A rough hike today departed me from the official CDT, embarking on the Super Butte alternate towards Ennis, and ultimately, Butte, MT.
Tired from spending most of yesterday evening dealing with chores, I was slow this morning. I rolled out of our motel around quarter after nine, and got breakfast at a coffee shop down the block from the motel. Then, I went across the street to the grocery store, where I finished my resupply for five days to Ennis, MT. After repacking my food, Fuck-It, Velveeta, and I made our way to the post office. On the way, I stopped back at the outfitter, looking to see if they had a replacement water filter I could use, since mine is on the verge of becoming useless. Unfortunately, they didn’t have any that were usable for my needs.
Near the post office, we passed auto body shop. One of the employees there recognized us as hikers. We chatted briefly, and they asked if we needed anything. Not really expecting anything, I said we needed a ride up to the pass, once we finished with the post office. They pondered it for a few seconds, and said yes, much to my surprise.
The post office was just a block away, so we were able to finish that quickly — I sent home the extra pair of boots, as well as couple of small things taking up space that I didn’t really need.
Back at the auto shop, Craig was happy to give us a lift back to the trailhead. We also learned that his son had hiked the PCT the same year Velveeta did, and they had met in SoCal. Small world! (Inspired by the trail magic his son got on the PCT, he started providing trail magic to hikers on the CDT. Judging from the log book he had in his car, he gave quite a lot of hikers rides to the trail.)
Heading north from Targhee Pass, the trail was actually rather steep. The five days of food in my pack was a bit heavy, and my pack didn’t sit quite right, pushing rather hard into my lower back. For a while, every step I took sent a shot of pain down my right leg. It was also a bit hot outside, and a good portion of the dirt road we followed lacked tree cover, so it was somewhat tiring. We stopped for a break under a tree after only two miles, just as the dirt road we were following started to peter out into doubletrack.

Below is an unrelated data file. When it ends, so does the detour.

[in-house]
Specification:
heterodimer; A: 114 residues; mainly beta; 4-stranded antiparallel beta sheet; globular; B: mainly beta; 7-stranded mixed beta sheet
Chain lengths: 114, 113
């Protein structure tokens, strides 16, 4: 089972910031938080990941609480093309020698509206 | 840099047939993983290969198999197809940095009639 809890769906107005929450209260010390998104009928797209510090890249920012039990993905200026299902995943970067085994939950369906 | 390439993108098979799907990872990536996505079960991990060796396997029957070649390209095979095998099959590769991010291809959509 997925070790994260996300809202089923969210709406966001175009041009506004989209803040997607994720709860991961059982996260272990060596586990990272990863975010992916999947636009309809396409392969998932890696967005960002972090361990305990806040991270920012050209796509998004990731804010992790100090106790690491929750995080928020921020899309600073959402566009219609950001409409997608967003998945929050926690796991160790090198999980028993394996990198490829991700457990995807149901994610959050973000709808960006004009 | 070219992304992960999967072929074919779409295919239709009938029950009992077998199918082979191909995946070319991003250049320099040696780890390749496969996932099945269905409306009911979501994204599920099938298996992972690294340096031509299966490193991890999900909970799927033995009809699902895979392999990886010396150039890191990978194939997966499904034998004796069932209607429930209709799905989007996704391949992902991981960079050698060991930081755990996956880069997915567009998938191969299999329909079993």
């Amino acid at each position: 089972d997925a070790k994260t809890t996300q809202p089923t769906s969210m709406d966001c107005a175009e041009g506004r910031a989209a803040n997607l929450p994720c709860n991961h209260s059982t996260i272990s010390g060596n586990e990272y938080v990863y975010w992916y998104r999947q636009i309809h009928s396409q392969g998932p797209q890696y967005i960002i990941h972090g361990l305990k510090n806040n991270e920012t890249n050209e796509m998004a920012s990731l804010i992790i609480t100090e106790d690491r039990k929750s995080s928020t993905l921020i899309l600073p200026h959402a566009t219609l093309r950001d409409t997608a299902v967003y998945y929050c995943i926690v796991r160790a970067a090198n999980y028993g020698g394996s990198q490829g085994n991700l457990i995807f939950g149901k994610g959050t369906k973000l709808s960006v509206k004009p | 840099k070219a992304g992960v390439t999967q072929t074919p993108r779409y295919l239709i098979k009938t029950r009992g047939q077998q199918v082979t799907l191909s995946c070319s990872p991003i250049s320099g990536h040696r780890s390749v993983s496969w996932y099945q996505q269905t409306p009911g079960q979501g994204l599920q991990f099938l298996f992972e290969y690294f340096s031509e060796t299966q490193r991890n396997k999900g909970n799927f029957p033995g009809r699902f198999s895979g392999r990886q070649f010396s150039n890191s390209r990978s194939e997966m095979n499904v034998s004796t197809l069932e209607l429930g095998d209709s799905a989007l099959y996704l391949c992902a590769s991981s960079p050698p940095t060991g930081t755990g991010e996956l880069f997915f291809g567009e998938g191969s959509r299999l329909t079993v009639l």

Fuck-It and Velveeta changed the plan we’d discussed yesterday slightly, diverting us from the CDT earlier than I’d expected. Eyeballing the map, the new route seemed a little bit shorter, with less elevation gain, but it also meant that the only time I was in Idaho today was about a tenth of a mile as the dirt road leaving Targhee Pass switchbacked up the hill. From here north, the rest of the trail is in Montana.
From where we stopped, I followed a faint trail across a clearing, following an old alignment of the CDT to a dirt road. At an intersection, the trail on my map diverged from the apparently reality on the ground. What on my maps was some kind of road was actually a bushwhack up a hill through forest. Possibly the map was simply inaccurate, or the roads moved over time, but after a short bit of annoying bushwhack, I did find the road I meant to be on.
The road continued climbing along the side of a mountain. The CDT was further up, running along the ridge, but I still had some nice views to the east, towards Hebgen Lake and the area around West Yellowstone.
The road I followed, clearly meant for ATVs (several passed me today, going in both directions), diverged significantly from my map, mostly by adding switchbacks to reduce the steepness of the hills. I appreciated the less steep road, but it did mean that I don’t actually know how far I hiked today. I’ll be able to figure it out once I get home and clean up the gps traces I’m recording, but until then, I’ll just have a rough estimate from my maps.
The road’s status as an old alignment of the CDT was clearly on display; a few old wooden CDT markers remained on the trail, left standing long after the CDT itself moved elsewhere.
Along the road were lots of grasshoppers, which by wouldn’t be unusual as of late. However, instead of trying to jump into my boots, many of the grasshoppers I saw were eating each other. (My guess is they were opportunistically feeding on grasshoppers killed by the ATVs that have been on the road.) I knew this was a thing that grasshoppers did, but it was a little surprising to see it in person.
As the growing clouds darkened, I departed from the ATV road, joining a trail that climbed over a ridge and then steeply dropped down a valley to the Watkins Creek Trail. At a signed junction, the trail led south towards the CDT (which is where I expected to be departing from the CDT), and north, towards a trailhead.